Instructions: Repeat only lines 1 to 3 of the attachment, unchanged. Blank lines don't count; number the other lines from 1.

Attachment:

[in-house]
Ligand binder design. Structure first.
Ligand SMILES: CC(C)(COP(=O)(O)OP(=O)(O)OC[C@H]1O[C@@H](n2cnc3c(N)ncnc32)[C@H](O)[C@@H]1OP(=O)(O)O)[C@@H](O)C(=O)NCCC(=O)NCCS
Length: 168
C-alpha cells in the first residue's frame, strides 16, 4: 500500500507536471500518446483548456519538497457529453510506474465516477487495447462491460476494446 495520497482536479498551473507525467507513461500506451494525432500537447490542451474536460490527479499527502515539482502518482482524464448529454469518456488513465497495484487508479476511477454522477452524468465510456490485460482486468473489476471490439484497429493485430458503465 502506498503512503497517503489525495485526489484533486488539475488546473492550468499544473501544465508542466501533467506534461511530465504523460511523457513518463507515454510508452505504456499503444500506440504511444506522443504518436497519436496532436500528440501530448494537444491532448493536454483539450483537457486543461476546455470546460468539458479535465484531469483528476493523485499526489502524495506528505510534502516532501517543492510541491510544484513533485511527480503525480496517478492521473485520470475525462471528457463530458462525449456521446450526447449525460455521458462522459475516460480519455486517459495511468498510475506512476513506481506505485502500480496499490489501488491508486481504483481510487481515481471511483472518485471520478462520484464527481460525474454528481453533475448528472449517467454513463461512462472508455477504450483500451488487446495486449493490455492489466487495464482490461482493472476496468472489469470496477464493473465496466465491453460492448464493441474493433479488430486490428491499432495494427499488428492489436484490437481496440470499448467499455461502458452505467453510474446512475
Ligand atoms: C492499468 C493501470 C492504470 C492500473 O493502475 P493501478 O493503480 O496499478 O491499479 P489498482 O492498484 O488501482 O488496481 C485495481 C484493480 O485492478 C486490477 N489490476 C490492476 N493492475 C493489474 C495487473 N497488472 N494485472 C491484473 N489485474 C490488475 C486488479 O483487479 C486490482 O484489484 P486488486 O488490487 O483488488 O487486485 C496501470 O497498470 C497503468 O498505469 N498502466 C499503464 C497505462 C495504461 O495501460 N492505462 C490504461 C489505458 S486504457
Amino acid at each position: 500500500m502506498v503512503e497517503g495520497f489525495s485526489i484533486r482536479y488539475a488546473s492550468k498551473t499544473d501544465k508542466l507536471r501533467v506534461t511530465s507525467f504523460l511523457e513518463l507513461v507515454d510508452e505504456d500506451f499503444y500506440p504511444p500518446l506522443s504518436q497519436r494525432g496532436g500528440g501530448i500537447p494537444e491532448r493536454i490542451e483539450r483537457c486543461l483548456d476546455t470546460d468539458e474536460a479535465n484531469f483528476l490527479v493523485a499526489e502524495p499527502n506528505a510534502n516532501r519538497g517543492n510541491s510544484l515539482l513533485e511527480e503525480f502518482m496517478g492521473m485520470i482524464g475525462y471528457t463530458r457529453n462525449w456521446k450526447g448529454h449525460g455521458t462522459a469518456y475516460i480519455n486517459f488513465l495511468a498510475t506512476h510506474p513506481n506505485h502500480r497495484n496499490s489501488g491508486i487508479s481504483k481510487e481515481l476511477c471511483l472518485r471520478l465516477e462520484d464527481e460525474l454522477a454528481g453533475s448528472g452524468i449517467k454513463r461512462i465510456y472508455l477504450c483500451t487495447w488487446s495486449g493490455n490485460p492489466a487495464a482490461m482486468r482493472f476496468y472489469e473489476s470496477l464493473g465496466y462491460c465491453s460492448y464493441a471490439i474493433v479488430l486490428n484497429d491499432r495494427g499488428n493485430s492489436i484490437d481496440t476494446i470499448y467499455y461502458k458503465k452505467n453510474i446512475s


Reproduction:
[in-house]
Ligand binder design. Structure first.
Ligand SMILES: CC(C)(COP(=O)(O)OP(=O)(O)OC[C@H]1O[C@@H](n2cnc3c(N)ncnc32)[C@H](O)[C@@H]1OP(=O)(O)O)[C@@H](O)C(=O)NCCC(=O)NCCS